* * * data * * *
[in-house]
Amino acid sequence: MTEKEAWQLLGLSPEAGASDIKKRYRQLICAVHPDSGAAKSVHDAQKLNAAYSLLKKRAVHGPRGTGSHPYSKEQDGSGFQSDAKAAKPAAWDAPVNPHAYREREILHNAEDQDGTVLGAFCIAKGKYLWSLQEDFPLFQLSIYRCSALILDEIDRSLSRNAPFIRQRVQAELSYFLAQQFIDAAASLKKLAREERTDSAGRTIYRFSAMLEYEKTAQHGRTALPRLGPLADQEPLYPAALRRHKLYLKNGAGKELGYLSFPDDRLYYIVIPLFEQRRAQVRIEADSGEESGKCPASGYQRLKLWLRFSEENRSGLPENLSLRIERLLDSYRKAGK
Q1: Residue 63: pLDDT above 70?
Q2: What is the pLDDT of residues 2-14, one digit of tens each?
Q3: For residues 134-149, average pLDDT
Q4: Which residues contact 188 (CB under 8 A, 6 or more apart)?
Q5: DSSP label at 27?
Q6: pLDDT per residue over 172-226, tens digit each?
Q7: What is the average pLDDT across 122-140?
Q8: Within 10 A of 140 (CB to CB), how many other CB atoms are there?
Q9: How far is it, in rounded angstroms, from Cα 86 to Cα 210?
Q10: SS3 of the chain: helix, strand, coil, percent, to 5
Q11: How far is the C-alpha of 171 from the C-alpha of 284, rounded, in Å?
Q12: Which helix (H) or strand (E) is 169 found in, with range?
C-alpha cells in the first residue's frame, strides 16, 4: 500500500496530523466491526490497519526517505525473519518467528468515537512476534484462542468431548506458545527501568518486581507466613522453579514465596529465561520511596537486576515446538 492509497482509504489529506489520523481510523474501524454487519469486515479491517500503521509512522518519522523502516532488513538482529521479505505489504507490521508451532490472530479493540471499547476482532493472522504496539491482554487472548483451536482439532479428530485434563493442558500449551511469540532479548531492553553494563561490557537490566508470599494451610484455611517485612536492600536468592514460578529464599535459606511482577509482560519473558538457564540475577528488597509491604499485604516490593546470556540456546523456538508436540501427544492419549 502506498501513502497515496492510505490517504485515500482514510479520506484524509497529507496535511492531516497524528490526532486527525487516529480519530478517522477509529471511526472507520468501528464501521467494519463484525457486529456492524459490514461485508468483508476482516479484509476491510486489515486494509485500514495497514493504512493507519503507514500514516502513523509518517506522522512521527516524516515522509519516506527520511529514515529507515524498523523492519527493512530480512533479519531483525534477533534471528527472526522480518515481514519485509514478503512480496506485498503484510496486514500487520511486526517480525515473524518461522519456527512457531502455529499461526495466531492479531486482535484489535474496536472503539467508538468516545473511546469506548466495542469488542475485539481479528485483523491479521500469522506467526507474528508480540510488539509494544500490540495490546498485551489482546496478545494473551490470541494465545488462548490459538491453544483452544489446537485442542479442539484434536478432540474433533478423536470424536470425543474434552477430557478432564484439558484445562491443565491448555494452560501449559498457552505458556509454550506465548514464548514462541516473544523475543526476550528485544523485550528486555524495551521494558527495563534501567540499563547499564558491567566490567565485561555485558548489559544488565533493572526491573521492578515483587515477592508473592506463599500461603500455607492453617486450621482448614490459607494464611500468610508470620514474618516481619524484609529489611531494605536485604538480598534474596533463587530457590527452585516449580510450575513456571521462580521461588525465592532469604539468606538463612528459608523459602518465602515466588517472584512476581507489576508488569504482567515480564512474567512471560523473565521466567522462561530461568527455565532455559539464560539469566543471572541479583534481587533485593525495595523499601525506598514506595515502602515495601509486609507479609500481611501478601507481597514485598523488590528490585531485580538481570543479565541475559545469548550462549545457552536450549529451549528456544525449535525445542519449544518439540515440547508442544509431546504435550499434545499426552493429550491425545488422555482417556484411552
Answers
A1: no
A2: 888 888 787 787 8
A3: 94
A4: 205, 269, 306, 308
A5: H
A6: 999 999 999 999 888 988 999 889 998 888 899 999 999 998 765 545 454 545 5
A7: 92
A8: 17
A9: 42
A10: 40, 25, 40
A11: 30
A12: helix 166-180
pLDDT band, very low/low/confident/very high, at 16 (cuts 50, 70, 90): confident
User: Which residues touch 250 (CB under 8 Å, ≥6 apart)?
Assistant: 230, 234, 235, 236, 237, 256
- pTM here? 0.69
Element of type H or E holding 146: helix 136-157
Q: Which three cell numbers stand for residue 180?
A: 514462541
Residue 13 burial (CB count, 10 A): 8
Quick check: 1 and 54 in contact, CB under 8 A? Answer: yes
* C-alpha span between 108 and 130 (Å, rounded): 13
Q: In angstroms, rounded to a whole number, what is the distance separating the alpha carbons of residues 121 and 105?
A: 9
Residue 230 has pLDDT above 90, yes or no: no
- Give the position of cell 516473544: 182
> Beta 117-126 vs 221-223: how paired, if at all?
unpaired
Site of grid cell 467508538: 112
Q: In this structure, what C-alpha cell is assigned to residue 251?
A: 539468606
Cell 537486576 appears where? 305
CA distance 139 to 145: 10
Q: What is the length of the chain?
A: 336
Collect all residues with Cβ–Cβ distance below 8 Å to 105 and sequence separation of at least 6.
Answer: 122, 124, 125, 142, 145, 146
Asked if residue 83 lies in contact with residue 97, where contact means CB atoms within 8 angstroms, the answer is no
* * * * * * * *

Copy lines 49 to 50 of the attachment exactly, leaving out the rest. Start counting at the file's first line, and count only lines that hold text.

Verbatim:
CA distance 139 to 145: 10
Q: What is the length of the chain?